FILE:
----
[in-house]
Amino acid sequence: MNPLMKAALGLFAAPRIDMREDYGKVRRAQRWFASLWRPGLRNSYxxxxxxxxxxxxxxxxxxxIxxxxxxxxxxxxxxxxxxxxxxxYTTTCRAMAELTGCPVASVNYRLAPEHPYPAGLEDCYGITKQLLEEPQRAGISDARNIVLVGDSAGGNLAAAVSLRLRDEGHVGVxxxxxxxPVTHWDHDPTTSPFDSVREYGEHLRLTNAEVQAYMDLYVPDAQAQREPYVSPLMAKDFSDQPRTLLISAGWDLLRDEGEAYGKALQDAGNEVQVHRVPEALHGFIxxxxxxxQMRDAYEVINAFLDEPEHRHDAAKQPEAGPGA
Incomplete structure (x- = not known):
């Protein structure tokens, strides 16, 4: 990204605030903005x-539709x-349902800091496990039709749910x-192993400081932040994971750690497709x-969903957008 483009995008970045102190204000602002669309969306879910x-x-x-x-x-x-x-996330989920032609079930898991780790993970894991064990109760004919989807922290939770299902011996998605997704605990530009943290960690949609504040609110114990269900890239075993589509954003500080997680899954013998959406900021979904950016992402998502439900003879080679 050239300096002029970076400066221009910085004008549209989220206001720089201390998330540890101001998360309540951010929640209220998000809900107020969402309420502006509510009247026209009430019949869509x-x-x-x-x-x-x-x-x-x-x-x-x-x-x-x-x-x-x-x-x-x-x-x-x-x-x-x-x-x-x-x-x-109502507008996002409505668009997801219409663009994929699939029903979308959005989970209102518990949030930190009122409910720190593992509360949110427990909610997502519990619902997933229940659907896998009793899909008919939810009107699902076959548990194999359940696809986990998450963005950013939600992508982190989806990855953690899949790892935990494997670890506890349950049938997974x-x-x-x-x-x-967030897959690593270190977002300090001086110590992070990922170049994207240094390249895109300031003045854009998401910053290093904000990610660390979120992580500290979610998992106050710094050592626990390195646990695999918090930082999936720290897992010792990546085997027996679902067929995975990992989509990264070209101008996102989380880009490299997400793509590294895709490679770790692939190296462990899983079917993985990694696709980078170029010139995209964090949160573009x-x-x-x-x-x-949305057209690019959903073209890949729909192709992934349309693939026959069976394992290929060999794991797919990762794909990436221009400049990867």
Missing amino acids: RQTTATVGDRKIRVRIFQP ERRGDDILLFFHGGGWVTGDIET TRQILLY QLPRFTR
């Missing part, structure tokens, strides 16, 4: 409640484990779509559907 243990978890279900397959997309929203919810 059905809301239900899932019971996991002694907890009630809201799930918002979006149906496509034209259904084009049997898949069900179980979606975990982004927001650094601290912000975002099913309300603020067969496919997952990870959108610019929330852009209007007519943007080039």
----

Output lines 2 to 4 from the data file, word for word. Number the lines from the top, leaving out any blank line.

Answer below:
Amino acid sequence: MNPLMKAALGLFAAPRIDMREDYGKVRRAQRWFASLWRPGLRNSYxxxxxxxxxxxxxxxxxxxIxxxxxxxxxxxxxxxxxxxxxxxYTTTCRAMAELTGCPVASVNYRLAPEHPYPAGLEDCYGITKQLLEEPQRAGISDARNIVLVGDSAGGNLAAAVSLRLRDEGHVGVxxxxxxxPVTHWDHDPTTSPFDSVREYGEHLRLTNAEVQAYMDLYVPDAQAQREPYVSPLMAKDFSDQPRTLLISAGWDLLRDEGEAYGKALQDAGNEVQVHRVPEALHGFIxxxxxxxQMRDAYEVINAFLDEPEHRHDAAKQPEAGPGA
Incomplete structure (x- = not known):
């Protein structure tokens, strides 16, 4: 990204605030903005x-539709x-349902800091496990039709749910x-192993400081932040994971750690497709x-969903957008 483009995008970045102190204000602002669309969306879910x-x-x-x-x-x-x-996330989920032609079930898991780790993970894991064990109760004919989807922290939770299902011996998605997704605990530009943290960690949609504040609110114990269900890239075993589509954003500080997680899954013998959406900021979904950016992402998502439900003879080679 050239300096002029970076400066221009910085004008549209989220206001720089201390998330540890101001998360309540951010929640209220998000809900107020969402309420502006509510009247026209009430019949869509x-x-x-x-x-x-x-x-x-x-x-x-x-x-x-x-x-x-x-x-x-x-x-x-x-x-x-x-x-x-x-x-x-109502507008996002409505668009997801219409663009994929699939029903979308959005989970209102518990949030930190009122409910720190593992509360949110427990909610997502519990619902997933229940659907896998009793899909008919939810009107699902076959548990194999359940696809986990998450963005950013939600992508982190989806990855953690899949790892935990494997670890506890349950049938997974x-x-x-x-x-x-967030897959690593270190977002300090001086110590992070990922170049994207240094390249895109300031003045854009998401910053290093904000990610660390979120992580500290979610998992106050710094050592626990390195646990695999918090930082999936720290897992010792990546085997027996679902067929995975990992989509990264070209101008996102989380880009490299997400793509590294895709490679770790692939190296462990899983079917993985990694696709980078170029010139995209964090949160573009x-x-x-x-x-x-949305057209690019959903073209890949729909192709992934349309693939026959069976394992290929060999794991797919990762794909990436221009400049990867």